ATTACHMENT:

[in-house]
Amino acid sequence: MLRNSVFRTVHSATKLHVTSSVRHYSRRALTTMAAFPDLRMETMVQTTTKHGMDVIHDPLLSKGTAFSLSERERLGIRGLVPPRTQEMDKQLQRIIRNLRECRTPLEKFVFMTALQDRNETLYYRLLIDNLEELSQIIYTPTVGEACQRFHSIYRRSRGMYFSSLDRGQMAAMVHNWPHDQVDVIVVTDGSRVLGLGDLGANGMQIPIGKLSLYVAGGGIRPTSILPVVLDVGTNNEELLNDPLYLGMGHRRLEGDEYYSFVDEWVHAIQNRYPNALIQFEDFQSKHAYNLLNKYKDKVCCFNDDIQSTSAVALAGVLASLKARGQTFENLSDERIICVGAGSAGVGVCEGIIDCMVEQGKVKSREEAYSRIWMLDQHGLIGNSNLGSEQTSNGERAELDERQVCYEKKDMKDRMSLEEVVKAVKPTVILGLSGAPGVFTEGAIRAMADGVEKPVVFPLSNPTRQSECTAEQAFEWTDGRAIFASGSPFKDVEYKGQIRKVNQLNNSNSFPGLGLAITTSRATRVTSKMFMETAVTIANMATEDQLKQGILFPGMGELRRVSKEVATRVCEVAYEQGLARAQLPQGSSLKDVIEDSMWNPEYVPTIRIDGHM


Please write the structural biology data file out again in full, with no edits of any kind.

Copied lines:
[in-house]
Amino acid sequence: MLRNSVFRTVHSATKLHVTSSVRHYSRRALTTMAAFPDLRMETMVQTTTKHGMDVIHDPLLSKGTAFSLSERERLGIRGLVPPRTQEMDKQLQRIIRNLRECRTPLEKFVFMTALQDRNETLYYRLLIDNLEELSQIIYTPTVGEACQRFHSIYRRSRGMYFSSLDRGQMAAMVHNWPHDQVDVIVVTDGSRVLGLGDLGANGMQIPIGKLSLYVAGGGIRPTSILPVVLDVGTNNEELLNDPLYLGMGHRRLEGDEYYSFVDEWVHAIQNRYPNALIQFEDFQSKHAYNLLNKYKDKVCCFNDDIQSTSAVALAGVLASLKARGQTFENLSDERIICVGAGSAGVGVCEGIIDCMVEQGKVKSREEAYSRIWMLDQHGLIGNSNLGSEQTSNGERAELDERQVCYEKKDMKDRMSLEEVVKAVKPTVILGLSGAPGVFTEGAIRAMADGVEKPVVFPLSNPTRQSECTAEQAFEWTDGRAIFASGSPFKDVEYKGQIRKVNQLNNSNSFPGLGLAITTSRATRVTSKMFMETAVTIANMATEDQLKQGILFPGMGELRRVSKEVATRVCEVAYEQGLARAQLPQGSSLKDVIEDSMWNPEYVPTIRIDGHM